If we're expecting a straightforward repeat of VHS vs. Beta, then it will go something like this: The first round of Early Adopters will buy both systems in quantities roughly proportional to manufacturers' established market shares {Sony and Sanyo made Beta kit; JVC supplied cheap VHS machines, built under licence in sewing-machine factories, to rental companies for badge-engineering}. One system will eventually come to dominate, for a reason ultimately determined by neither the consumers nor the manufacturers {VHS recorders, which were mainly supplied on a rental basis, were more easily field-maintained than the technically-superior Beta system}.

However, this time around there will be a crucial difference. When Beta died out, and customers renting Beta machines had to be supplied with VHS replacements, the rental companies took it upon themselves to copy users' accumulated tape libraries onto the new format {Macrovision had not been invented then}. This time, owners of the "failed" format will simply be expected to purchase their favourite films again, to the benefit of the movie studios.

So you bought a film once on VHS, again on VHS because the first one wore out, then on DVD, then once {if you picked the winner of the new format wars from day one} or twice {if you didn't} on the new, high-definition discs.

The crucial deciding factor with cassettes turned out to be field-maintenance. I'm guessing that this time, with new high-definition discs, the crucial deciding factor will be how easily any intended consumer-shafting measures {under the colour of copy-prevention} can be defeated. The important company to watch here is Sony, because they make the discs and the players; so they are unlikely to make copying easy on their players, since they would be shooting themselves in the foot. Player manufacturers who are not involved in the content industry have less to worry about {and the people working in their labs, who are ideally-placed to introduce backdoors, enjoy a movie as much as the next person .....}

Re:Who wins? (1)

dusik (239139) | more than 8 years ago | (#14890530)

>> "So you bought a film once on VHS, again on VHS because the first one wore out, then on DVD, then once {if you picked the winner of the new format wars from day one} or twice {if you didn't} on the new, high-definition discs."

And now, due to HDCP, you can't even watch it until you buy a new monitor! ;)

Re:Who wins? (1, Funny)

Anonymous Coward | more than 8 years ago | (#14890349)

Who does this format war even benefit?

The people who have patents on the winning format.

Re:Who wins? (2, Funny)

littlem (807099) | more than 8 years ago | (#14890351)

Who does this format war even benefit? I'm glad that some vendors will support both formats, but I for one will be waiting for things to die down before I invest in either format.
Certainly not DVD Jon - with two different formats to crack he might need to spend two afternoons working on it instead of one.

Re:Who wins? (1)

brix_zx2 (955395) | more than 8 years ago | (#14890442)

I'm still waiting for the TV thing to die down, HD or not HD, Plasma or LCD (plus now there is a new one to the flat TV line-up isn't there?).

Re:Who wins? (2, Informative)

dusik (239139) | more than 8 years ago | (#14890552)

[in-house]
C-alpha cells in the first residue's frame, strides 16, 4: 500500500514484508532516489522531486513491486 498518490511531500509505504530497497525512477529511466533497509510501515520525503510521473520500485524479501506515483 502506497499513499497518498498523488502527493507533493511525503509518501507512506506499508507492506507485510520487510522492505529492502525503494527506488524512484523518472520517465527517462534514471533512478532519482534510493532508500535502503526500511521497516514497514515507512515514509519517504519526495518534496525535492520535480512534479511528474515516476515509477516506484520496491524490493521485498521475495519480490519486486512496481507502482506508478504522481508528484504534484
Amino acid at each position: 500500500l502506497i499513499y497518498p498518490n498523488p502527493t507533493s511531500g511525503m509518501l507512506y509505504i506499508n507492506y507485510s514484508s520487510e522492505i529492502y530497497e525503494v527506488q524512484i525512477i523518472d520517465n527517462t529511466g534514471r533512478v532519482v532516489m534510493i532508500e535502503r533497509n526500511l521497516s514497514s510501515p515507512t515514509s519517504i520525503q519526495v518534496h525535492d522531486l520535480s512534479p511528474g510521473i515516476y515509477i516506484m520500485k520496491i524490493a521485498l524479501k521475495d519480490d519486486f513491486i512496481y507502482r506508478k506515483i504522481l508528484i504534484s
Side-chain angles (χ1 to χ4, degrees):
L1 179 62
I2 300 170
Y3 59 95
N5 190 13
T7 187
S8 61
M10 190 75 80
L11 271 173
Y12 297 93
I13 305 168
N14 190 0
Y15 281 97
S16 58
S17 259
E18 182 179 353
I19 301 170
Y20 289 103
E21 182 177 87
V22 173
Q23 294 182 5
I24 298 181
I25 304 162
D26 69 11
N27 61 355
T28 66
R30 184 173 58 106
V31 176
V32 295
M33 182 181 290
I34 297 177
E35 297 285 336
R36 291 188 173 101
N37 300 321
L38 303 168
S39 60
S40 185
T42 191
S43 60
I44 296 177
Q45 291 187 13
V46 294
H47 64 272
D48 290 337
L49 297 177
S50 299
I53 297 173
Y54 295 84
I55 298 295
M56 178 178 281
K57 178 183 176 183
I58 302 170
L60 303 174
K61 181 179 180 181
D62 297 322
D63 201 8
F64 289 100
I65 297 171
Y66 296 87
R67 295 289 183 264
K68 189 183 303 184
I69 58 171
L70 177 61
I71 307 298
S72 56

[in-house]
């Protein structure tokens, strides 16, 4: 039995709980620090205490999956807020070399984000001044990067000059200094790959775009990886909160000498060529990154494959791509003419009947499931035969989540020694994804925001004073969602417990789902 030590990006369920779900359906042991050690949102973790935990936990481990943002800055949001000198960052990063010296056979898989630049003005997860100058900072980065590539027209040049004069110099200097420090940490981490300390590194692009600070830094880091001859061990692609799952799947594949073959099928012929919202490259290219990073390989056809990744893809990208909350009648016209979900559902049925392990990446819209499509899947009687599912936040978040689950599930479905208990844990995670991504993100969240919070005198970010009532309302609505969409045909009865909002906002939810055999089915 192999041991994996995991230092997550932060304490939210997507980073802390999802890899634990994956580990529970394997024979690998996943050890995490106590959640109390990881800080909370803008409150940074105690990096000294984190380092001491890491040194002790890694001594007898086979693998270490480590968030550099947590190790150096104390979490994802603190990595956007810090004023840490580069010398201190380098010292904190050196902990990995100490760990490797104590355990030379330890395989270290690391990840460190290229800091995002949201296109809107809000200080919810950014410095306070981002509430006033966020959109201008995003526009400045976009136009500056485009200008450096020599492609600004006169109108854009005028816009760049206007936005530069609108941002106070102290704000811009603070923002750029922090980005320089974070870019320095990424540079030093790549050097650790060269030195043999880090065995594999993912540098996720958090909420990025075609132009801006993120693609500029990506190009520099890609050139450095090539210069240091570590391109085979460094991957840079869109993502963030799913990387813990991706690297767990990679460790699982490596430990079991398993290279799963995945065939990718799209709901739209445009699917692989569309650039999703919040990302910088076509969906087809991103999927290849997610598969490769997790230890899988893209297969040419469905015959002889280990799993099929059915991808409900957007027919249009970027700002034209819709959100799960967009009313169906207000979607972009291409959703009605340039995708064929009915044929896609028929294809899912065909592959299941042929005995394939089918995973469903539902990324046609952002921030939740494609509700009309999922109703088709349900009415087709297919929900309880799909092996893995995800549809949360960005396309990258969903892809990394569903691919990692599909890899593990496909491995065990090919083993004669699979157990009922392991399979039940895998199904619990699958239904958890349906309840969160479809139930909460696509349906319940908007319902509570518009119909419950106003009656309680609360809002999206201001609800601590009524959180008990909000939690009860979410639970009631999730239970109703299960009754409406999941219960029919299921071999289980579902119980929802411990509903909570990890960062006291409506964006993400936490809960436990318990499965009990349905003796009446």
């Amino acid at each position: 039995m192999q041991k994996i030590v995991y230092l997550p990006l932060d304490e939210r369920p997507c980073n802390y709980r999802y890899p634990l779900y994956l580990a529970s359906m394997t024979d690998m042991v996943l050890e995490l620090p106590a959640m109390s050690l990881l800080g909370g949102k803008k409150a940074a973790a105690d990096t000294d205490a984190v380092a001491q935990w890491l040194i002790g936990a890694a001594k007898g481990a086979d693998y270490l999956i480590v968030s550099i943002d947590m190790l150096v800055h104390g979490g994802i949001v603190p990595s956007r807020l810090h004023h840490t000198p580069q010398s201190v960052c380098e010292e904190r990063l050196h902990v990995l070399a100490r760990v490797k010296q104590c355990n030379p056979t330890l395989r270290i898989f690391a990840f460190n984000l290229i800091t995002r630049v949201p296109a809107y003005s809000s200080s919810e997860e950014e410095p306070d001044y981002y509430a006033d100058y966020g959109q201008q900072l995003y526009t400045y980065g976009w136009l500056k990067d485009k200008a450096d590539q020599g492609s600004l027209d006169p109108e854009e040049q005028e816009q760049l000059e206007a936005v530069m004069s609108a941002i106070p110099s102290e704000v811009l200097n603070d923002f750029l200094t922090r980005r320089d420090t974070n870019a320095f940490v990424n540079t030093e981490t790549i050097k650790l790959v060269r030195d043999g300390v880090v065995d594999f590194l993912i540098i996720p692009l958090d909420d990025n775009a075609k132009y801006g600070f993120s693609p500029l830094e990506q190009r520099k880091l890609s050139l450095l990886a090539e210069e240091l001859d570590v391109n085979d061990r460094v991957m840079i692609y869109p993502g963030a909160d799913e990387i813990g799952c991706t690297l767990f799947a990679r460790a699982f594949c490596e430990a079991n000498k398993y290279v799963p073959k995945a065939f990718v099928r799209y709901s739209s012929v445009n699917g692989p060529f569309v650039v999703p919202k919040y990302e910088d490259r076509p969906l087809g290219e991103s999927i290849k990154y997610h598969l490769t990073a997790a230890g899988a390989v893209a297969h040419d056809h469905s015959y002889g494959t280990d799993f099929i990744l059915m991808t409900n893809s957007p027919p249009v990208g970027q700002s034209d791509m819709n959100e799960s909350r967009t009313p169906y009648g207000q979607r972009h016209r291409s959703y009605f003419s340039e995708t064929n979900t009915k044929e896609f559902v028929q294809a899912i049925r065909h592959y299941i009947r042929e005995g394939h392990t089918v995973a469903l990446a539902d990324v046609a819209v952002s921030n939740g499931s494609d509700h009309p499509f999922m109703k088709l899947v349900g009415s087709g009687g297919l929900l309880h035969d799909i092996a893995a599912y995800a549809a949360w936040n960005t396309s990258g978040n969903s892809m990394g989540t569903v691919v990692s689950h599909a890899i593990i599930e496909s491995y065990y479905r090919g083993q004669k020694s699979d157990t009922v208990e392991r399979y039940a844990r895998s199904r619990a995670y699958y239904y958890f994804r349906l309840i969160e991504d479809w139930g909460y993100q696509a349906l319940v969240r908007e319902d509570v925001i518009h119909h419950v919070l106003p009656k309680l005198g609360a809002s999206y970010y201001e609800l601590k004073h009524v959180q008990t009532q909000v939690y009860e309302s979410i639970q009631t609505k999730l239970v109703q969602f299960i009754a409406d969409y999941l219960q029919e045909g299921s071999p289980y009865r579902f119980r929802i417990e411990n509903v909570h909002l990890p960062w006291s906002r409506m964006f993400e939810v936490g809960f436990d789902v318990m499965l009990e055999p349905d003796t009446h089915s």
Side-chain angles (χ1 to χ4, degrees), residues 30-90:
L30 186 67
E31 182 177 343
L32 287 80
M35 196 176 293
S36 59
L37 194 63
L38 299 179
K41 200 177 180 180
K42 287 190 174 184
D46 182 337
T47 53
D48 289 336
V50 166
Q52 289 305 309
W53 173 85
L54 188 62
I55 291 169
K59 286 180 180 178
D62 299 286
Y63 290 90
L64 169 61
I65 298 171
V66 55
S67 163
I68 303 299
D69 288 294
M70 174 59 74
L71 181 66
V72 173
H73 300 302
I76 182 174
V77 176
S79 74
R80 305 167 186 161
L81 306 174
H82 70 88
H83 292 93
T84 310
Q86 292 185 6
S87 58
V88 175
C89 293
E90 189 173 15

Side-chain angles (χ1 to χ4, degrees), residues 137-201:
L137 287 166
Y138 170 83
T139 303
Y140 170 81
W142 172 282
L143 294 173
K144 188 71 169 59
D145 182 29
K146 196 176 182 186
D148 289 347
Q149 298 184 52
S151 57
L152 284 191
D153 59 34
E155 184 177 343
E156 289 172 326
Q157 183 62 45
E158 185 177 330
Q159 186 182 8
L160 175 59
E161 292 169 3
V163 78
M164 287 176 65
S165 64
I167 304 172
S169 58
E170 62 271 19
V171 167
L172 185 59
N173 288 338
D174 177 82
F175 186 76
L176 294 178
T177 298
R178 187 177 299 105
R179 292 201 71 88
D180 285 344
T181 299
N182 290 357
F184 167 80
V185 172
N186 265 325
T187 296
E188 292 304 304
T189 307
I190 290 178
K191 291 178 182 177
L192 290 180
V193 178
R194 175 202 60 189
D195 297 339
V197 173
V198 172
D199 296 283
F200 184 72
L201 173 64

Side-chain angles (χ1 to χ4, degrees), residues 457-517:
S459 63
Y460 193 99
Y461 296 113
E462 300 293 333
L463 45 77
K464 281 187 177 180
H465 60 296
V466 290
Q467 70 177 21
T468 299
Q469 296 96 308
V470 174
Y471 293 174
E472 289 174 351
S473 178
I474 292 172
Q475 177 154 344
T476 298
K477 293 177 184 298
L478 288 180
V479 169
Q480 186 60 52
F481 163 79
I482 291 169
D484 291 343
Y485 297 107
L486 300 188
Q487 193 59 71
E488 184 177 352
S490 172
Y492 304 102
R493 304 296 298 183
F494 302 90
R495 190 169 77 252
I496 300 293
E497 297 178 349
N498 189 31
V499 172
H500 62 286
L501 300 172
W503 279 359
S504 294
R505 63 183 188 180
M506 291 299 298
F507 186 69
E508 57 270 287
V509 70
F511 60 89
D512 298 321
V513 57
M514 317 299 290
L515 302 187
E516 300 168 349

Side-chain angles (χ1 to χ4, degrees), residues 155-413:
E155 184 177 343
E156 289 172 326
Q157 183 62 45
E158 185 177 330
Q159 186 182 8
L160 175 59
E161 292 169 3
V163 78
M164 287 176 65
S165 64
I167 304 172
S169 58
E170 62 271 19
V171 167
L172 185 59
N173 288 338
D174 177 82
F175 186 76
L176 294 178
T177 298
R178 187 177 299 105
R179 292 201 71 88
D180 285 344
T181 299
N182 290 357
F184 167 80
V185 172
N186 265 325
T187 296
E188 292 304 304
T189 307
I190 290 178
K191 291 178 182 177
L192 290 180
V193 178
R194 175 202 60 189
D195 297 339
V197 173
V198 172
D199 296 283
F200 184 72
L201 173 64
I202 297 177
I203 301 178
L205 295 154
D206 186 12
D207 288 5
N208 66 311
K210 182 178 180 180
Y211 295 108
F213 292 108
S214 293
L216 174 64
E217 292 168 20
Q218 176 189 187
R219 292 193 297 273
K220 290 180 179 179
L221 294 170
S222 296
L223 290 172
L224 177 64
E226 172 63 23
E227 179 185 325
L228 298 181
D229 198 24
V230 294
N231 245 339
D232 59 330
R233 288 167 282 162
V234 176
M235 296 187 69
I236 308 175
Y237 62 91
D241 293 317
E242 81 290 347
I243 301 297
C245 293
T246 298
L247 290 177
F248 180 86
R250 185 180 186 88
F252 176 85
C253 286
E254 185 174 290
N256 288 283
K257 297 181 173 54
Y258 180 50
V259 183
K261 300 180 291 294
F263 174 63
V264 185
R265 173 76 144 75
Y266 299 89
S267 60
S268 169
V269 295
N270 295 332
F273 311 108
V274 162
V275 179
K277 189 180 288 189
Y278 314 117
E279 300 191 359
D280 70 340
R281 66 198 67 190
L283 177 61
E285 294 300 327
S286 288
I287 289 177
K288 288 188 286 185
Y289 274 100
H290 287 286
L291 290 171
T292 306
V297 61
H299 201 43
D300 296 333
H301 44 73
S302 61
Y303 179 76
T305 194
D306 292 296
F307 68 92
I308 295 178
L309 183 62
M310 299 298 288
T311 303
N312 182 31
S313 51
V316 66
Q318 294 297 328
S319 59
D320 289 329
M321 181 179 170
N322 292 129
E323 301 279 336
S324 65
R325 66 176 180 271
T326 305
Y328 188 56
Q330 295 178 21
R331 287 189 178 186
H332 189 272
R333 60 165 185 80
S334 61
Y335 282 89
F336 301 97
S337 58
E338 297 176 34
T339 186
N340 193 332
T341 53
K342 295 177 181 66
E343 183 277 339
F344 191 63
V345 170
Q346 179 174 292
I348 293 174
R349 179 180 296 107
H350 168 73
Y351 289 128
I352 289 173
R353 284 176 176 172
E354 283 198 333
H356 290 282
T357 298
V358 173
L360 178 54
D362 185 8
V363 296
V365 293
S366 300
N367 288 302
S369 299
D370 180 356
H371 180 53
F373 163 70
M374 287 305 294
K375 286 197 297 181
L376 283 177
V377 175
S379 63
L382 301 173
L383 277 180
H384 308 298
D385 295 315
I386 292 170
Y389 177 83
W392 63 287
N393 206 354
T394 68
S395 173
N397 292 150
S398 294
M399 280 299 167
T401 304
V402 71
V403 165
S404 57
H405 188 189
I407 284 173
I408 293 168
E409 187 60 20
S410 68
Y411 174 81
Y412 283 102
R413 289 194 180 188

>> "I'm still waiting for the TV thing to die down, HD or not HD, Plasma or LCD (plus now there is a new one to the flat TV line-up isn't there?)."

Yeah, there's SED (Surface-conduction Electron-emitter Display) coming out fairly soon (probably 2007). That's basically flat CRT, with each pixel being an individual mini electron emitter (a la LCD).

Re:Who wins? (1)

Threni (635302) | more than 8 years ago | (#14890657)

> but I for one will be waiting

Error in line 2 of input - inaccurate assumption ("I, for one") that most people speak for others, not themselves.

PS3 (1)

cosmotron (900510) | more than 8 years ago | (#14890145)

Looking at how much each component of the PlayStation 3 will cost, $350 for it's Blu-Ray player... Sheesh, I hope that HD-DVD players will be cheaper, though I remember how much DVD player were when they just came out. Oh well, looks like I will have to keep my DVD's even longer. =]

Toshiba pushing HARD (4, Interesting)

dsginter (104154) | more than 8 years ago | (#14890149)

I was just driving around in the metro Detroit area only to notice that Toshiba is going promos for HD DVD at most of the electronics joints. They are spewing this stuff over the local radio stations so I stopped in.

Most consumers seem to be blown away. I think that being first to market ("later this month") will be a big win for HD DVD.

Sony might have blown it with PS3 delay (3, Insightful)

elrous0 (869638) | more than 8 years ago | (#14890200)

Blu-ray looked like the easy winner for a while there. But they're coming out later and at double the price of HD-DVD. Add in the delay of the PS3 (supposedly the "poor man's blu-ray player") and it doesn't exactly make blu-ray look like the champ it once was.

-Eric

Re:Sony might have blown it with PS3 delay (1)

dsginter (104154) | more than 8 years ago | (#14890258)

But they're [Blu-Ray] coming out later and at double the price of HD-DVD.

One thing that I noticed at the Toshiba demos was the recognition that the term "HD DVD" was getting. Consumers know both HD and DVD separately so this is a huge advantage over "Blu Ray".

The demo was a split screen comparison of SDTV compared to HD DVD. On a big TV, that made HD DVD look real impressive and most onlookers were eating it up. When I suggested that the rep compare DVD with HD DVD, he just shrugged and said that they didn't have such a demo.

How convenient. It looks like the bad guys will win again.